By buying an index fund, you can roughly match the market return with ease. But if you pick the right individual stocks, you could make more than that. For example, Chemring Group PLC (LON:CHG) shareholders have seen the share price rise 37% over three years, well in excess of the market return (4.2%, not including dividends). However, more recent returns haven't been as impressive as that, with the stock returning just 6.8% in the last year , including dividends .
Given that Chemring Group didn't make a profit in the last twelve months, we'll focus on revenue growth to form a quick view of its business development. Shareholders of unprofitable companies usually expect strong revenue growth. That's because fast revenue growth can be easily extrapolated to forecast profits, often of considerable size.
Chemring Group actually saw its revenue drop by 20% per year over three years. Despite the lack of revenue growth, the stock has returned 11%, compound, over three years. Unless the company is going to make profits soon, we would be pretty cautious about it.
You can see how earnings and revenue have changed over time in the image below (click on the chart to see the exact values).
We're pleased to report that the CEO is remunerated more modestly than most CEOs at similarly capitalized companies. It's always worth keeping an eye on CEO pay, but a more important question is whether the company will grow earnings throughout the years. If you are thinking of buying or selling Chemring Group stock, you should check out this free report showing analyst profit forecasts.
What About Dividends?
It is important to consider the total shareholder return, as well as the share price return, for any given stock. The TSR is a return calculation that accounts for the value of cash dividends (assuming that any dividend received was reinvested) and the calculated value of any discounted capital raisings and spin-offs. So for companies that pay a generous dividend, the TSR is often a lot higher than the share price return. As it happens, Chemring Group's TSR for the last 3 years was 44%, which exceeds the share price return mentioned earlier. And there's no prize for guessing that the dividend payments largely explain the divergence!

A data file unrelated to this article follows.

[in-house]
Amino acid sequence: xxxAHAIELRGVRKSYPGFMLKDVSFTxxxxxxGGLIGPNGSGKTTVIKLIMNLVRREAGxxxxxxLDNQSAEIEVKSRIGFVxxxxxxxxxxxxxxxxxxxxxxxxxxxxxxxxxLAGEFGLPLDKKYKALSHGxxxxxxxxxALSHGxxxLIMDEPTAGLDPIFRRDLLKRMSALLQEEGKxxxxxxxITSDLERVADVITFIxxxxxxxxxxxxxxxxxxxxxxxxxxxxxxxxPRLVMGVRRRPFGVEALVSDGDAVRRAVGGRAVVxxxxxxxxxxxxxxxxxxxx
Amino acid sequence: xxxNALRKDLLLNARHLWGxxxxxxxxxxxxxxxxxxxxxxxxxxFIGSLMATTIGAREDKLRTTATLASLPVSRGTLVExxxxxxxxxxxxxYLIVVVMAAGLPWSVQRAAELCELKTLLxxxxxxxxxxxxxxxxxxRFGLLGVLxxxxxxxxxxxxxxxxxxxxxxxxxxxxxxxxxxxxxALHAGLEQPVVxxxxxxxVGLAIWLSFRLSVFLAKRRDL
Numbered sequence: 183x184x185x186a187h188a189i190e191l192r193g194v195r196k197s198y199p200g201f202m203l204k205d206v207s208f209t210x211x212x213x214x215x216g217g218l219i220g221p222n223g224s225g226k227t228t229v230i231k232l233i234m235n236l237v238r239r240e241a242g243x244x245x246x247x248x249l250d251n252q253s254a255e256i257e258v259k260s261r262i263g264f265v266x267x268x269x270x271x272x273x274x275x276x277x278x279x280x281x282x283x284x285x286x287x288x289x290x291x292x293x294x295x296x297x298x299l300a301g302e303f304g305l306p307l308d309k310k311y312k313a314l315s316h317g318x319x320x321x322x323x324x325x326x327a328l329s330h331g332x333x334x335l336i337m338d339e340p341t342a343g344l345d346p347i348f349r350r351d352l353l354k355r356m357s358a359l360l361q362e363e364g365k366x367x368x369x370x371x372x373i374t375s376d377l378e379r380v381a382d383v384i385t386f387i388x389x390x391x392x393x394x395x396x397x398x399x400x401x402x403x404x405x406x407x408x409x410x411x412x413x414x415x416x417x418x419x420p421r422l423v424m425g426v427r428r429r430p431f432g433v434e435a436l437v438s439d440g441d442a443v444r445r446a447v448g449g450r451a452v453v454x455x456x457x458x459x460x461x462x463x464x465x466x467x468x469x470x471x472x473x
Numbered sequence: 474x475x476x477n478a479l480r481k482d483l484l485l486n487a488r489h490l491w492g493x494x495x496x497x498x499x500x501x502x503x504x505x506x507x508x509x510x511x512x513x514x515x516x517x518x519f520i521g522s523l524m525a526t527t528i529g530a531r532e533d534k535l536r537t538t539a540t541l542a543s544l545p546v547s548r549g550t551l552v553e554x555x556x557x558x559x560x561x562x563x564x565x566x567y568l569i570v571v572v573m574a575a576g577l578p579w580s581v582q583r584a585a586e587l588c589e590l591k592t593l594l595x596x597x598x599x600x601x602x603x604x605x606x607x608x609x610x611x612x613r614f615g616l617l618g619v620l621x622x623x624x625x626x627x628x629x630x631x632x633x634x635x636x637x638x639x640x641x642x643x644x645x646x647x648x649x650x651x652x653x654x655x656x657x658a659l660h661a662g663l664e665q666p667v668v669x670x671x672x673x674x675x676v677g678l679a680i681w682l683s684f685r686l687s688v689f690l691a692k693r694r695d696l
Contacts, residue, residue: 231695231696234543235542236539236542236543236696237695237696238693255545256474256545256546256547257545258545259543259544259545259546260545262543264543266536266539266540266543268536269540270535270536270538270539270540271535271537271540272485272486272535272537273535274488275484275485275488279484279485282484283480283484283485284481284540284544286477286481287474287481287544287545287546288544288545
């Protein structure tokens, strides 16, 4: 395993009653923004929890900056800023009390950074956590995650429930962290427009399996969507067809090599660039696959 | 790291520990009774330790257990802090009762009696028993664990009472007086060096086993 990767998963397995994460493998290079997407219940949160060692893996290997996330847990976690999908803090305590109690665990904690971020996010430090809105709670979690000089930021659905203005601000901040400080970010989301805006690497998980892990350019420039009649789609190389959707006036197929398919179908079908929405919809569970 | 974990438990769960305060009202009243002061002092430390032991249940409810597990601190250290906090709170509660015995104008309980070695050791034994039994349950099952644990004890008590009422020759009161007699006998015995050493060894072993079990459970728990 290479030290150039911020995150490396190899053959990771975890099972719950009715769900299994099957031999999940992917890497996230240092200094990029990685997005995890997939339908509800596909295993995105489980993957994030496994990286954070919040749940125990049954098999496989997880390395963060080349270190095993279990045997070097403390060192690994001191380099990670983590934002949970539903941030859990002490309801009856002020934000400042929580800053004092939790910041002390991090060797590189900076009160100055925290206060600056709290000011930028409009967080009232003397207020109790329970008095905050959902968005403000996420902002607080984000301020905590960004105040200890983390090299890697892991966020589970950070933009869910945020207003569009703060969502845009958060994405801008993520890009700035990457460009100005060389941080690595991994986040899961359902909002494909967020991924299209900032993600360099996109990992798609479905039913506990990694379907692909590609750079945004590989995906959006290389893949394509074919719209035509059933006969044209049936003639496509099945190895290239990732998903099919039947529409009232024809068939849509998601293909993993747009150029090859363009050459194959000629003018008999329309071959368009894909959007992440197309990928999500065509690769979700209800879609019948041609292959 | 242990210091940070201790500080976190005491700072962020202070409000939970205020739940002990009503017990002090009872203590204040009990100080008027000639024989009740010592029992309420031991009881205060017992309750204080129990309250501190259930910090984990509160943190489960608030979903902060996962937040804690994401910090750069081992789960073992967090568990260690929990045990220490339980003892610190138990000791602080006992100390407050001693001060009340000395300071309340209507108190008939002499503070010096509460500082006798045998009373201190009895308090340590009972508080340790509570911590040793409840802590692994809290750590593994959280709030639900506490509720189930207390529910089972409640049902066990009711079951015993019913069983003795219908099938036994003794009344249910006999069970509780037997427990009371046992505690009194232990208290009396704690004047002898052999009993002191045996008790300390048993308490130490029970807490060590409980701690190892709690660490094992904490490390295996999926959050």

A Different Perspective
Chemring Group provided a TSR of 6.8% over the last twelve months. But that return falls short of the market. On the bright side, that's still a gain, and it is certainly better than the yearly loss of about 0.4% endured over half a decade. It could well be that the business is stabilizing. Most investors take the time to check the data on insider transactions. You can click here to see if insiders have been buying or selling.
Of course, you might find a fantastic investment by looking elsewhere. So take a peek at this free list of companies we expect will grow earnings.
Please note, the market returns quoted in this article reflect the market weighted average returns of stocks that currently trade on GB exchanges.
We aim to bring you long-term focused research analysis driven by fundamental data. Note that our analysis may not factor in the latest price-sensitive company announcements or qualitative material.
If you spot an error that warrants correction, please contact the editor at firstname.lastname@example.org. This article by Simply Wall St is general in nature. It does not constitute a recommendation to buy or sell any stock, and does not take account of your objectives, or your financial situation. Simply Wall St has no position in the stocks mentioned. Thank you for reading.